Tobacco hornworm caterpillars prefer members of the [Solanoideae + Nicotianoideae] clade as food sources, although they didn't like Nicandra much; they died on Petunia, and didn't grow on Browallia and Brunfelsia. Other plant feeders show similar distinctive patterns (e.g. Fraenkel 1959), thus other sphingids are found here and on Oleaceae (Forbes 1958). Phytophagous Chrysomelidae beetles (perhaps especially Criocerinae) are notably more common on New World than Old World Solanaceae, perhaps because the beetles first used the family as a food source in the former area (Jolivet & Hawkeswood 1995; see also Hsiao 1986); Criocerinae may have moved onto Solanaceae from monocots. Chrysomelinae and Megalpodinae are also found on New World Solanaceae (Jolivet 1988). The larvae are covered by faecal shields (Vencl & Morton 1999; see Gómez-Zurita et al. 2007). In general, Solanaceae have multiple lines of defence and are avoided by most insect herbivores (Harborne 1986; Hsiao 1986).
Touch-sensitive trichomes are common in Solanoideae (or they have simply been most studied there), and glandular hairs are common, as well as many other hair types (see Seithe 1962; Seithe & Sullivan 1990 and references for hair morphology, esp. in Solanoideae). Insect-deterrent secretions are produced when these hairs are brushed by the insect; these secretions may contain poisonous metabolites, or they may rapidly oxidise and become sticky, so trapping and killing small insects, or secretion in these hairs may hydrolyse, so attracting other insects that target the caterpillars eating the plant (van Dam & Hare 1998 and references; Kellogg et al. 2002; Weinhold & Baldwin 2011). Mutants of tomatoes lacking the protective metabolites have been found to be susceptible to herbivory in the field (Kang et al. 2010).
Pollination Biology & Seed Dispersal. Knapp (2010) summarises information on pollinators and basic floral morphology of Solanaceae. More or less well developed monosymmetry is quite common in Solanaceae, and is of the 3:2 sort (see Eichler 1875; Robyns 1931; Cocucci 1989; Knapp 2002a; Ampornpan & Armstrong 2002). The complex flower of Schizanthus is described as having oblique rather than inverted symmetry (Cocucci 1989b: functionally equivalent), and dehiscence of the two functional anthers is explosive (Cocucci 1989a). For floral evolution in the genus, not very speciose, see Pérez et al. (2006: midpoint rooting), and for CYC gene expression, see Preston et al. (2011b). Within Solanoideae, the Andean Iochrominae are notably diverse florally and have a variety of pollinators (Smith & Baum 2006). Zygomorphy and heteranthy, which in this context is really a kind of zygomorphy, have evolved several times in Solanum, also in other Solanoideae like Sclerophylax, etc. (Bohs et al. 2007). Buzz pollination is common there (see Teppner 2005: pollination of the tomato; Harter et al. 2002; García et al. 2008), and over a million pollen grains can be produced by a single flower (Anderson & Symon 1988); the corolla is often rotate, the flowers lack nectar and the anthers dehisce by terminal pores, all features of buzz-pollinated flowers. In heteranthous flowers some of the anthers are feeding anthers, while others deposit pollen on the pollinator in such a way that pollination can take place (Stern & Bohs 2012). Nierembergia (Petunioideae) has oil flowers (Coccucci 1991; see Tate et al. 2009 for a phylogeny). A number of taxa have quite large and complex stigmas (Cocucci 1991, 1995).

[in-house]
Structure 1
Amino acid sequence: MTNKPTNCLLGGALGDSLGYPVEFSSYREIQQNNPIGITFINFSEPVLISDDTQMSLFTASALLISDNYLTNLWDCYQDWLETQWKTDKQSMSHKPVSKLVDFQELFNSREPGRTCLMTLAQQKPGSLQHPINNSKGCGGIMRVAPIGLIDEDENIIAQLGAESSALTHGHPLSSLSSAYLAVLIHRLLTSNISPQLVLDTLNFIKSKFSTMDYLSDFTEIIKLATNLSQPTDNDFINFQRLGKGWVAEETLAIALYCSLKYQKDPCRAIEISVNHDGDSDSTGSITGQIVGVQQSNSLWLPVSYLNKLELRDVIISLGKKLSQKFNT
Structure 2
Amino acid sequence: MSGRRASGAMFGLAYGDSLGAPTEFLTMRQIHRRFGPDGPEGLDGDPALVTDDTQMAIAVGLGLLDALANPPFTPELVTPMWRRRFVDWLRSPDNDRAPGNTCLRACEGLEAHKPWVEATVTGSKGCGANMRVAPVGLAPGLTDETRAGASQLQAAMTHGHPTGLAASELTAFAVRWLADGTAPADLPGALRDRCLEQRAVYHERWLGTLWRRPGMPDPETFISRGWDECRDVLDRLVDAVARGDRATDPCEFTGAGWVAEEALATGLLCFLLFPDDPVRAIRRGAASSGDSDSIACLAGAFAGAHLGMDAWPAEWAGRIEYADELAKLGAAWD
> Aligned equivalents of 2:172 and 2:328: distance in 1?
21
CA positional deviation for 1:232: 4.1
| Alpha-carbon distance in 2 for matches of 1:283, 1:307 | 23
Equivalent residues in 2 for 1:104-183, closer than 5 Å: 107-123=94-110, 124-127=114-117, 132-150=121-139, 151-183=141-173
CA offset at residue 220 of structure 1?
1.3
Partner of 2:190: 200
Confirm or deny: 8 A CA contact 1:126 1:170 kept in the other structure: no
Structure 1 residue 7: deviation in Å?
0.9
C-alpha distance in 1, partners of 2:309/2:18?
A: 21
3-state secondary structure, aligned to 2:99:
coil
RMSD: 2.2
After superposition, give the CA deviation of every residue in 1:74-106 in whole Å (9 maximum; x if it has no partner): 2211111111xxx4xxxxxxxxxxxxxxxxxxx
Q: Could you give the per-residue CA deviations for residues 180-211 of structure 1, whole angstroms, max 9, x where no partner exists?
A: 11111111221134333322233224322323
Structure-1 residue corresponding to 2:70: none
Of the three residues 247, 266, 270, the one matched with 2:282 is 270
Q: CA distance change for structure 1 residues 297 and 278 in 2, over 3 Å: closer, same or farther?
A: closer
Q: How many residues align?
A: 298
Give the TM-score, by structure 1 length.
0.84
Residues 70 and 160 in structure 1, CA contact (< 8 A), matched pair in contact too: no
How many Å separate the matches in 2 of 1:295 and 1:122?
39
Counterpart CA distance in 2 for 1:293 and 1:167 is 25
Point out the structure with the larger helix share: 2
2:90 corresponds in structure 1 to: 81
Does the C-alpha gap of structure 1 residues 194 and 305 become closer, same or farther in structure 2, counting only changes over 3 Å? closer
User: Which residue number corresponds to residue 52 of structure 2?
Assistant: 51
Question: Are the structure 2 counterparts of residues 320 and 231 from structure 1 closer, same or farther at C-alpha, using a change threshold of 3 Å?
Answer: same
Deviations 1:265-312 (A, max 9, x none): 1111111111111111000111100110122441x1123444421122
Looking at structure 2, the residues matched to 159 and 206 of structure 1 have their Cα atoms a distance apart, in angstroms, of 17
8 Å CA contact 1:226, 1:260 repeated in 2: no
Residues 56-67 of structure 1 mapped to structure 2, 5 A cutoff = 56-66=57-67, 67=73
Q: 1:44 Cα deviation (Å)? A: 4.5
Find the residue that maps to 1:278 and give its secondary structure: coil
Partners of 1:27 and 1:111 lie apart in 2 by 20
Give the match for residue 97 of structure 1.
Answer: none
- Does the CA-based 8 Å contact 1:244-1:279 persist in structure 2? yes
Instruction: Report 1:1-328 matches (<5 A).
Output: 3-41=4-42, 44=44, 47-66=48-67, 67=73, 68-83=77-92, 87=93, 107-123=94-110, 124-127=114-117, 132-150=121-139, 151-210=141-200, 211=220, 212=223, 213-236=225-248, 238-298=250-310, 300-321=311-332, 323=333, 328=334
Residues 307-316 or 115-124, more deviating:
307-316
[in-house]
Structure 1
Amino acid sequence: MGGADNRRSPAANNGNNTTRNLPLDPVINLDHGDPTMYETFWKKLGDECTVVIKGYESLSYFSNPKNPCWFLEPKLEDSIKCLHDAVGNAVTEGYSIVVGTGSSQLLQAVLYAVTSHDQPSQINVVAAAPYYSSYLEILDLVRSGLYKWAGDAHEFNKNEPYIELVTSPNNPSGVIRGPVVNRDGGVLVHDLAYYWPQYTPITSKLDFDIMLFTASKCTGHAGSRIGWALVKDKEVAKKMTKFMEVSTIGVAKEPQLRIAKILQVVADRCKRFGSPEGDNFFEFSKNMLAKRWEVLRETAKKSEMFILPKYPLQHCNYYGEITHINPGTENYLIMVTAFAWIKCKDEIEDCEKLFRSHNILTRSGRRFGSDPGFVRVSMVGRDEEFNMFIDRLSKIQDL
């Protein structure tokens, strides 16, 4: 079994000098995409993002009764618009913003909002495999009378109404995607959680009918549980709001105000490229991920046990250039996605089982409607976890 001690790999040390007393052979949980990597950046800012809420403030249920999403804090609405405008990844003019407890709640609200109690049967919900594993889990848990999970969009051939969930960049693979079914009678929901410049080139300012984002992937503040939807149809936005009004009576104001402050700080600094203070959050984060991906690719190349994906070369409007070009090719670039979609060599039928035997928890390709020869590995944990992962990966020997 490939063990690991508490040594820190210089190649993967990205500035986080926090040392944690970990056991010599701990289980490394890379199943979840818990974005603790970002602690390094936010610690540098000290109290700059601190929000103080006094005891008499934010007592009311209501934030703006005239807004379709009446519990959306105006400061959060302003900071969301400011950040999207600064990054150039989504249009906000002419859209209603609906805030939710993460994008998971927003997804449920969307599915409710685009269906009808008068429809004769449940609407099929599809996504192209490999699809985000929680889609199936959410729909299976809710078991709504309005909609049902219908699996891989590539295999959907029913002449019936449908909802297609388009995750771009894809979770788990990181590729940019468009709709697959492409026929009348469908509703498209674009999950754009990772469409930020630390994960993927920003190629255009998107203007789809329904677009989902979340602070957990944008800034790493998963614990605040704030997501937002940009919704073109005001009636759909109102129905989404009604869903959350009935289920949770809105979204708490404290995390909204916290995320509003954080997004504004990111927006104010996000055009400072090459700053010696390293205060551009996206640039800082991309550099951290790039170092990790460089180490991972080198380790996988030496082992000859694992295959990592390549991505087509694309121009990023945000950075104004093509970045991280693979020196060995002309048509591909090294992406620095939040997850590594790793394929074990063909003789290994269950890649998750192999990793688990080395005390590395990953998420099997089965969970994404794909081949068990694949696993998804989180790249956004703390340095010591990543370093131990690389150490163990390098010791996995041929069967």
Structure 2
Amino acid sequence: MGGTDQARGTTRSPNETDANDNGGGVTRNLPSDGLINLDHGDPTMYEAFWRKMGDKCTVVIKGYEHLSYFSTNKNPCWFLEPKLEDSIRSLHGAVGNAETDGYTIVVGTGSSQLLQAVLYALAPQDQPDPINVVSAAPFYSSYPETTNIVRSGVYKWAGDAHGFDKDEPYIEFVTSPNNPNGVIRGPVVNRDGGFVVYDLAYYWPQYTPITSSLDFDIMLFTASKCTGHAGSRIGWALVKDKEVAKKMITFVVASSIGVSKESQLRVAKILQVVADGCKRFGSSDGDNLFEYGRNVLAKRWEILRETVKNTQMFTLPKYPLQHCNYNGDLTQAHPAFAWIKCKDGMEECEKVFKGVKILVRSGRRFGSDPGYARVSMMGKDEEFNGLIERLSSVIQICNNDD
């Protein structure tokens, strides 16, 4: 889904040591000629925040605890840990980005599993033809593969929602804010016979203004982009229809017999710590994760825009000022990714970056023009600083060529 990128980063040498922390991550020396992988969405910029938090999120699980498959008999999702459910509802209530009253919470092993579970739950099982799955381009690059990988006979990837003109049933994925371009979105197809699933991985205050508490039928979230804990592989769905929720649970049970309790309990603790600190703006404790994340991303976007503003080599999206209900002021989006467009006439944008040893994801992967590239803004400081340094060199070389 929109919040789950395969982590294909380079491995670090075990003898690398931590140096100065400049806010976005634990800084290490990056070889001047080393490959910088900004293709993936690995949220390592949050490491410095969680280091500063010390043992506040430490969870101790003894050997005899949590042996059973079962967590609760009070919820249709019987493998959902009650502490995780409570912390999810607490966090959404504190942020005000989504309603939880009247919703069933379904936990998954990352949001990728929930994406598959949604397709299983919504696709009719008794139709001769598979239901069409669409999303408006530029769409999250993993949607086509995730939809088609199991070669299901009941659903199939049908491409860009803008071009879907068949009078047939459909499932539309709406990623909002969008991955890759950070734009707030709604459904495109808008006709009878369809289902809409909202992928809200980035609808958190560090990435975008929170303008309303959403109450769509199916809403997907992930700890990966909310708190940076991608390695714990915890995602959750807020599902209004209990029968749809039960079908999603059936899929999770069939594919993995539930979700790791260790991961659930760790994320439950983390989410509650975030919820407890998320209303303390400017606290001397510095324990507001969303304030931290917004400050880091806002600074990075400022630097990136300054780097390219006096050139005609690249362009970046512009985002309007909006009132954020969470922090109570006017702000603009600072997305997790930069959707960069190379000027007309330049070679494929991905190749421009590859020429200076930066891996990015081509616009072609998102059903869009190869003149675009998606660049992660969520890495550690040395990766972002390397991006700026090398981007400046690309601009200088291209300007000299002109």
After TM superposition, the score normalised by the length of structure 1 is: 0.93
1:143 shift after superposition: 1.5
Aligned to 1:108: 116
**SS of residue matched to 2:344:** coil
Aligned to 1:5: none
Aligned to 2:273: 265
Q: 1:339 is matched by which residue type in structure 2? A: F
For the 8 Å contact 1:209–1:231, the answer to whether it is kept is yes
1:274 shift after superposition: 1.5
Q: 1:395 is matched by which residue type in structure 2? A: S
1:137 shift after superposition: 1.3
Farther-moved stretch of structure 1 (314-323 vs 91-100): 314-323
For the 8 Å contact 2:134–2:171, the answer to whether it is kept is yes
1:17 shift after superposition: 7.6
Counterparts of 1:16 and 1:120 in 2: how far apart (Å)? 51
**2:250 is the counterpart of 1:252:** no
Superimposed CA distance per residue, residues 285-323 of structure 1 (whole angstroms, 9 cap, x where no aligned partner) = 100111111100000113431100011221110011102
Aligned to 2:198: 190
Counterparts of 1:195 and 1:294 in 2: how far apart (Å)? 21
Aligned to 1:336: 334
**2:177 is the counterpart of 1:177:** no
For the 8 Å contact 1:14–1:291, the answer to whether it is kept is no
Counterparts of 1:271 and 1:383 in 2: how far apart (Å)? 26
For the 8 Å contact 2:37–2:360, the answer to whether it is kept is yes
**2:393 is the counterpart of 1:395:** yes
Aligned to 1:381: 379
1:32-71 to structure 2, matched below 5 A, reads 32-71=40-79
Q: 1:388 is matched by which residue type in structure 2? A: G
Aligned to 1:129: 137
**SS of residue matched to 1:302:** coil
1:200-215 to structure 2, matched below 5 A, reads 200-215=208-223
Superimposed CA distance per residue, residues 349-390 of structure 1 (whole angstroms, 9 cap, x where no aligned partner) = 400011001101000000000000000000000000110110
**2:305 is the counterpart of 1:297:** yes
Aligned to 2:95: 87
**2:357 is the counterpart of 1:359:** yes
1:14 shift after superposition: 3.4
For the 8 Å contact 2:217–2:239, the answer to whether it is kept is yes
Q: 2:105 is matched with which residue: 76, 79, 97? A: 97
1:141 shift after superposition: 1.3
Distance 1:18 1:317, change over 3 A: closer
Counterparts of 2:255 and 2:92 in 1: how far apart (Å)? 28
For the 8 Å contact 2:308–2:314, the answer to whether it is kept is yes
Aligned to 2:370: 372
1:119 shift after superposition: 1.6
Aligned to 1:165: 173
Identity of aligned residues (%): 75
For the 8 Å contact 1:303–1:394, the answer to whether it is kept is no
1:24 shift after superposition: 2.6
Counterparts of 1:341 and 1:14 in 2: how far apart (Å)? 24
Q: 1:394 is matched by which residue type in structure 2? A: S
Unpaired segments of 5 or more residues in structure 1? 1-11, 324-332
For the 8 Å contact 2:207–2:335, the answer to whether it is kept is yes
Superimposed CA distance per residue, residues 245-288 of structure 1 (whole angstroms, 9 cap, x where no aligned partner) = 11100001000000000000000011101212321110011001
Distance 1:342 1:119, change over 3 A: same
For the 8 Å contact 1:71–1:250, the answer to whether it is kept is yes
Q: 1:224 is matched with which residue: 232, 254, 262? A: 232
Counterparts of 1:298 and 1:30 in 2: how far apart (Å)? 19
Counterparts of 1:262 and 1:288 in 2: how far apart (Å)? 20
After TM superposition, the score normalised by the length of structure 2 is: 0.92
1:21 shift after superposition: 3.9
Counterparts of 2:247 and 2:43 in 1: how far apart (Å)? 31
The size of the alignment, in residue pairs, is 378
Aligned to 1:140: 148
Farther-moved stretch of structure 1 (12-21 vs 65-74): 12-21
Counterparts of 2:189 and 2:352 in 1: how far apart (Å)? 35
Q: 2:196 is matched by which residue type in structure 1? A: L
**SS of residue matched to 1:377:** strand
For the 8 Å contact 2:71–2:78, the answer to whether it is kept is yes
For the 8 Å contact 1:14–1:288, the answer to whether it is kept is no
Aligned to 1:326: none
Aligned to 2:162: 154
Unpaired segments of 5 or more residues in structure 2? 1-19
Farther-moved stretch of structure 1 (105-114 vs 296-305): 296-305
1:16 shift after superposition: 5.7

Solanaceae have a gametophytic incompatibility mechanism. The common ancestor of the family is likely to have had RNase-based self incompatability (SI) (Paape et al. 2008), and the evolution of self-compatability (SC) has since occurred many times, but never the reverse; overall diversification of SI clades is greater than that of SC clades (Goldberg & Igic 2012: scoring of dioecious taxa?). The evolution of polyploidy and self-compatibility in the family are correlated (Miller at al. 2008; Roberston et al. 2010), interestingly, there was effective dispersal of SI Lycium to Africa, with subsequent restoration of diversity of SI alleles following the dispersal-caused bottleneck (Miller et al. 2008).
Seed dispersal very much follows what fruit morphology might suggest (Knapp 2002b for a summary). In the New World Solanum in particular, with its relatively nutritious fruits, is an important food source for Stumira, a phyllostomid bat (Fleming 1986; Lobova et al. 2009 for records). The bats are slow feeders and spit out seeds, fibre, etc.; Solanum, like other bat-dispersed taxa in the New World, tend to be early successional plants (Muscarella & Fleming 2008), and the altitudinal ranges of the bats and plants are similar (Fleming 1986). The berries of Solanum sect. Gonatotrichum are explosive... (Stern & Bohs 2012).
Bacterial/Fungal Associations. The distinctively pungent capsaicanoids of chilis (Capsicum spp.) are involved in the protection of the fruit against the fruit-destroying Fusarium fungus (Tewksbury et al. 2008).
Genes & Genomes. A genome duplication event in Solanaceae has been dated to ca 50-52 m.y. (Schlueter et al. 2004), a genome triplication (?the same) at (90.4-)71(51.6) m.y. (Tomato Genome Consortium 2012), and a duplication event at 23-18 m.y. (Blanc & Wolfe 2004). Schranz et al. (2012) suggested that there was a lag time between a duplication event that characterized the [Nicotianoideae + Solanoideae] clade and the diversification of that clade, largely represented by the speciose Solanoideae. However, Wu et al. (2006) dismissed the possibility that there had been a genome duplication either on the branch leading to or within Solanaceae (see also Robertson et al. 2010), although they allowed the possibility of a duplication well before the the divergence of Solanales and Gentianales.